From: Silver Screen
“A Star is Born” is a beautiful reflection of the cost of celebrity
Movies about stardom tend to be too self-aggrandizing. “Maybe Hollywood isn’t interested in making fine art, but hey, we are!” is usually how the script goes. Now, peppered with some song and dance, and boy have you got a mediocre picture. It’s just that films of that nature don’t have anything important to say aside from the happy Hollywood ending the story already told.
From the start of “A Star is Born” it’s clear from Bradley Cooper’s lamentation at the beginning of the film -- that success is having talent but “also having something to say” -- that we’re in for a different kind of cinematic experience. We’re in for a ride of laughs, of shortfalls, of successes and of failures, but most principally we’re in to hear something new and fresh be said on the nature of stardom.
“A Star is Born” centers on washed-up musician Jackson Maine (Bradley Cooper) as he continues to spiral downward in his stardom as a result of addiction. It is on one fortuitous night when on the prowl for more alcohol that Maine finds himself in a drag bar that happens to let one real female perform because she’s that good. Ally, played by the wondrous pop star Lady Gaga dazzles Maine with her sheer talent and disposition. The two make a great onscreen pairing: the chemistry is palpable, if not at times a tad awkward.
The film chronicles their raucous love affair as Ally rises into stardom and Jackson fades. That dynamic—the simultaneous rise and fall occurring—is one of the elements that makes the film so compelling. How can we root for one of them to succeed if it means another has to fail? Both Cooper and Gaga play their parts incredibly well. Gaga is a more shy, reserved singer-songwriter hoping to make as much of her talent as she can, and Cooper is a disillusioned legend of rock who’s quick to warn Ally of the pitfalls of celebrity reminding her that talent is only as important as what she has to say.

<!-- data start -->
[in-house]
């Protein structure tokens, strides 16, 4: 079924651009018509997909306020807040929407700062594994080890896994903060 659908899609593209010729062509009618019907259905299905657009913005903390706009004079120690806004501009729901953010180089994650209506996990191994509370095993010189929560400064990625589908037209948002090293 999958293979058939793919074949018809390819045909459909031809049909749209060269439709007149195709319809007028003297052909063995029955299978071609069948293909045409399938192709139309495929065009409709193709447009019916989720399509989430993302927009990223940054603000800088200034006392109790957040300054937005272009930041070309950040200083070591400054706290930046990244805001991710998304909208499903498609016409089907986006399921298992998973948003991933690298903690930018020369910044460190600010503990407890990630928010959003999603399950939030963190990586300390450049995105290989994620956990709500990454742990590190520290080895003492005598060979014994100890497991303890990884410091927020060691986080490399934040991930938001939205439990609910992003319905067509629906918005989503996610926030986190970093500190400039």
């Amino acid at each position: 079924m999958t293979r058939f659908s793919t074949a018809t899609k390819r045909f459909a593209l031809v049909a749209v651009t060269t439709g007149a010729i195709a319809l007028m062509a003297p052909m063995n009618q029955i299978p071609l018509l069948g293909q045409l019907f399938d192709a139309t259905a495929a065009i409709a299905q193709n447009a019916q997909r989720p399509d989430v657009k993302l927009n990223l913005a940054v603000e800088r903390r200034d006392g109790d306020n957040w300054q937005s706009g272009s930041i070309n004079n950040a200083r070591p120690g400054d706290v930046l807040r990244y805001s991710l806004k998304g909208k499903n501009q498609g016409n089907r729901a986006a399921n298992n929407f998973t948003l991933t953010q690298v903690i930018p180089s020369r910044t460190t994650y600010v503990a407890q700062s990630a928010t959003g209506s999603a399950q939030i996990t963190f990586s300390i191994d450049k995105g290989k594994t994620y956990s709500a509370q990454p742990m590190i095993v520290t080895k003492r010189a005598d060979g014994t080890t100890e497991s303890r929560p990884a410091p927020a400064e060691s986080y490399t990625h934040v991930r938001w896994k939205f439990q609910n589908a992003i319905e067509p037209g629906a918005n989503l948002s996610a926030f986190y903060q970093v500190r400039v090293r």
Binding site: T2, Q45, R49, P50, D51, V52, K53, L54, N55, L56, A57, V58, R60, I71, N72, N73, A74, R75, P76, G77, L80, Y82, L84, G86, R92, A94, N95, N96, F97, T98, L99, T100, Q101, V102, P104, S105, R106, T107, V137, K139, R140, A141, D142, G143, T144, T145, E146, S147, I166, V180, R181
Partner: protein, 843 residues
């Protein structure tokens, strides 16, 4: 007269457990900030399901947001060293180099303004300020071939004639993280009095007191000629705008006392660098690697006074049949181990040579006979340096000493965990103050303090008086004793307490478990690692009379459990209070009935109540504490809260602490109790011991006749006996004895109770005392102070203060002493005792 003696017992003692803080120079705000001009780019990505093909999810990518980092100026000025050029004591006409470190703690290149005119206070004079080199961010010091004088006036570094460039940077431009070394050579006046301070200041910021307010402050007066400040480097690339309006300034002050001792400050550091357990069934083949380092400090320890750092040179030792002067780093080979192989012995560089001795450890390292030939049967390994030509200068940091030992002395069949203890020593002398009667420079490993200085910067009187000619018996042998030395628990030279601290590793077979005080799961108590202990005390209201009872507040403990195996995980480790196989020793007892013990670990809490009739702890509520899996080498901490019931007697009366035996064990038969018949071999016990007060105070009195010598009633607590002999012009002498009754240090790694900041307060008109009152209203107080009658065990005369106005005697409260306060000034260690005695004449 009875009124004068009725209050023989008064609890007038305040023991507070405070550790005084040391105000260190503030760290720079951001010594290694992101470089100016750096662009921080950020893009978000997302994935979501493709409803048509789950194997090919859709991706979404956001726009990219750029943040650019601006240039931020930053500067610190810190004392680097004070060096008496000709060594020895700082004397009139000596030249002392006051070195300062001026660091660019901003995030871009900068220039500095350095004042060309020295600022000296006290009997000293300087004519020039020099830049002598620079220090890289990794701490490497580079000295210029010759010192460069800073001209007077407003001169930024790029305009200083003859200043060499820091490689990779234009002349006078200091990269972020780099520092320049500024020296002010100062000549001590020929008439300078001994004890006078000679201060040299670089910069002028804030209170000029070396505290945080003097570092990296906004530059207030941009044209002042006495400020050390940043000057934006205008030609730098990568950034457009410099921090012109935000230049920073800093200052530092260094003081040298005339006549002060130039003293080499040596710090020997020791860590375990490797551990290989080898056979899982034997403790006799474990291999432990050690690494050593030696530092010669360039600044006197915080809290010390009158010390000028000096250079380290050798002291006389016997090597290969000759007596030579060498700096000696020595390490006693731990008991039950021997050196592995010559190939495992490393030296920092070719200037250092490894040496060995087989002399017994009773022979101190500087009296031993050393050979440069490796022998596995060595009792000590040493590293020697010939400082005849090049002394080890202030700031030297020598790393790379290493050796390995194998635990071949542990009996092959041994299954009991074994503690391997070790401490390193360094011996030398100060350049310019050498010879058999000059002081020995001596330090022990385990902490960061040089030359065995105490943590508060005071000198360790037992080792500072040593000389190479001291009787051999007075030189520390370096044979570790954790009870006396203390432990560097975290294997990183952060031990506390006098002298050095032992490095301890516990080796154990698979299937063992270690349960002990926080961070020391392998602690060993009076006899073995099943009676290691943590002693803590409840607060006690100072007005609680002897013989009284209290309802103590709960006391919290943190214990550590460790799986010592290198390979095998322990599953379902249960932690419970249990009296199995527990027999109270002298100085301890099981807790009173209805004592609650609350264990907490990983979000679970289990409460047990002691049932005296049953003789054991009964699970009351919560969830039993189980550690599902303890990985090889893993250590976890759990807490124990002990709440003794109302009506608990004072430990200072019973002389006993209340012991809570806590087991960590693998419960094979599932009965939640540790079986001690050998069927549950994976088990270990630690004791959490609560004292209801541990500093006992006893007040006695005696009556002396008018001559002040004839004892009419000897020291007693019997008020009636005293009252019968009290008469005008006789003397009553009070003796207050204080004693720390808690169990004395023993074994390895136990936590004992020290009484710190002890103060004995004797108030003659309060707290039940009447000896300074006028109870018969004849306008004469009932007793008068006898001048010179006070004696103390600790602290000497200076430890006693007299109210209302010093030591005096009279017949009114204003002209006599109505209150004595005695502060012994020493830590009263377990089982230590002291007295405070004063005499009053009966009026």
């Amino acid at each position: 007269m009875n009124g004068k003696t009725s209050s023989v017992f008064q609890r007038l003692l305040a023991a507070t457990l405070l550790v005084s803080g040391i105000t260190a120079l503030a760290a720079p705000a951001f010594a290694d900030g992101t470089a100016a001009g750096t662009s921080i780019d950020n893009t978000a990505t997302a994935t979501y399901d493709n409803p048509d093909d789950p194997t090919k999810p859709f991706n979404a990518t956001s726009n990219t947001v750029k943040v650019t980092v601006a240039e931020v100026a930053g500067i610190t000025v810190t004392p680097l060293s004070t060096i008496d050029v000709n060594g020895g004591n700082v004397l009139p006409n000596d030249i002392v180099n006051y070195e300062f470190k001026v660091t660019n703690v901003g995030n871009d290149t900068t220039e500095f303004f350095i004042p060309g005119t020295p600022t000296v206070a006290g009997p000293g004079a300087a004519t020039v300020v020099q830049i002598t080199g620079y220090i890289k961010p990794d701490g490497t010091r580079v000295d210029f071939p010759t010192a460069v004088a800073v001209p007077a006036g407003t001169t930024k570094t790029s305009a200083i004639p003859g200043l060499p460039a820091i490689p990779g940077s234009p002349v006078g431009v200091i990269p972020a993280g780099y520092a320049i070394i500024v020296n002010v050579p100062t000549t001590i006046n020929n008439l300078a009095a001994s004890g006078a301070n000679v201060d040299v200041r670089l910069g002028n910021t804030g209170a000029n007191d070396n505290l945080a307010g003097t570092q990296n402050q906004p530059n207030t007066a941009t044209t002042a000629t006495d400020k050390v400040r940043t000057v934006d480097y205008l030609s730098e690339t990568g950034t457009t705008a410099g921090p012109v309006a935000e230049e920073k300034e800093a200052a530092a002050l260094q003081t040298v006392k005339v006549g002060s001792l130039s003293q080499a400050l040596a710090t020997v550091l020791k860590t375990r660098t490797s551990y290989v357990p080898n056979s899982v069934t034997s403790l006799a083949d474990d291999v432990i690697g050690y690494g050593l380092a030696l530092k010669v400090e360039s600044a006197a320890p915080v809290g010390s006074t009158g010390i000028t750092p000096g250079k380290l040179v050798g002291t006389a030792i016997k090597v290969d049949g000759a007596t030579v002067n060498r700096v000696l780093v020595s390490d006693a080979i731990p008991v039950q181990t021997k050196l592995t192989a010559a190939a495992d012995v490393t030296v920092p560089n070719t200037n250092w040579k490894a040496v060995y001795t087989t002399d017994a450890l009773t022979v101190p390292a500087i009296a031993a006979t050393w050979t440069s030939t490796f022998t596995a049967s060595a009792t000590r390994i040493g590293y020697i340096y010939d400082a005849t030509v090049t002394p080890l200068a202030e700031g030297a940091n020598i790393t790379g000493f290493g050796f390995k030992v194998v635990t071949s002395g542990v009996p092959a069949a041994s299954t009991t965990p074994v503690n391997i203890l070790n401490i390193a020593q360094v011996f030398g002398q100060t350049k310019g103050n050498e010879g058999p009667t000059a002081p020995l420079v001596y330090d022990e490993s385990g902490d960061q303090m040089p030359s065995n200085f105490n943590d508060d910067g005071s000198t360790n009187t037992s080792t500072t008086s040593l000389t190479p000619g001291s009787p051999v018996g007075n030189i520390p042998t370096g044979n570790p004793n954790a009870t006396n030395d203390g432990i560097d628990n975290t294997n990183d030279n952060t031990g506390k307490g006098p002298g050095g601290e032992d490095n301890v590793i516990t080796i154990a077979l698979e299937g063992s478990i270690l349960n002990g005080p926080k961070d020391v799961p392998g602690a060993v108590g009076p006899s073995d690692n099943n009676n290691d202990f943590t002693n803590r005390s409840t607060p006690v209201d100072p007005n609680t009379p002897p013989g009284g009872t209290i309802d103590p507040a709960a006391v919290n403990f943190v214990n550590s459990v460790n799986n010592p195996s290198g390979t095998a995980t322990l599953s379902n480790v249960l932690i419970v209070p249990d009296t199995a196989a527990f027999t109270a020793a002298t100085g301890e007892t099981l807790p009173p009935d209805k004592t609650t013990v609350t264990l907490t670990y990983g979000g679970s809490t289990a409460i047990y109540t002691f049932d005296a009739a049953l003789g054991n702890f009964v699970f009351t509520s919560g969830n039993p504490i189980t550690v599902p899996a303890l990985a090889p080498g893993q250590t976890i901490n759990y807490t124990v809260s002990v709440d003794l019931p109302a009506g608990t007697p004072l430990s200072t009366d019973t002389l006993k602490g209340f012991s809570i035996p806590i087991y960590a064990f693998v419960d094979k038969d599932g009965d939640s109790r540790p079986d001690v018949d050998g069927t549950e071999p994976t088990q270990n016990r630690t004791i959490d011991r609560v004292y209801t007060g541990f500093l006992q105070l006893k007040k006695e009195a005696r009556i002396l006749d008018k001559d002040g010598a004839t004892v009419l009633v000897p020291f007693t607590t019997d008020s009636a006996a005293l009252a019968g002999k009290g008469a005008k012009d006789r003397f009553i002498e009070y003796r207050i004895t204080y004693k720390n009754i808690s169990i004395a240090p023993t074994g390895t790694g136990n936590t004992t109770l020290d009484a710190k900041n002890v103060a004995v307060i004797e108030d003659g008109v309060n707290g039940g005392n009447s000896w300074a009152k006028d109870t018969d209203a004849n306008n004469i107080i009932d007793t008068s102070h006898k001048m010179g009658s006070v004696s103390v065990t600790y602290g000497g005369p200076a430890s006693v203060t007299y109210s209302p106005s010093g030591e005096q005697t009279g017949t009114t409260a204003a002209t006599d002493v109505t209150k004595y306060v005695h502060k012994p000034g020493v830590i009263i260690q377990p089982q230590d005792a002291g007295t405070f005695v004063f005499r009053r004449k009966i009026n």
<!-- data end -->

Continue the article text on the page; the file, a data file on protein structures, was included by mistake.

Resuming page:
This critic knows nothing of the deep intricacies of music only to say when something is perhaps good or bad. The musical set pieces are a marvel, truly. They don’t feel forced as a way to pawn off the movie soundtrack: the songs and their respective cinematic set pieces add to the overall experience in an amazingly positive way. My advice however: shy away from listening to the music beforehand seeing the film. A part of the joy comes from hearing and seeing it in the context of the movie.
What is most surprising is how beautifully this film is shot. The emotion is heightened with just perfect angles and cuts. The concert set pieces benefit from the best techniques from music videos and film.
Perhaps tied for the most surprising element of this film through is how much of a resounding directorial debut success this is for Cooper. True kudos must be given to him here for an effort that pays off tenfold. It’s a film of emotional highs and lows—it will roil you and hit you at your core. But most importantly it’s a film that actually says something: that should be reason enough to see it.
“A Star is Born” will be in theaters Friday, October 5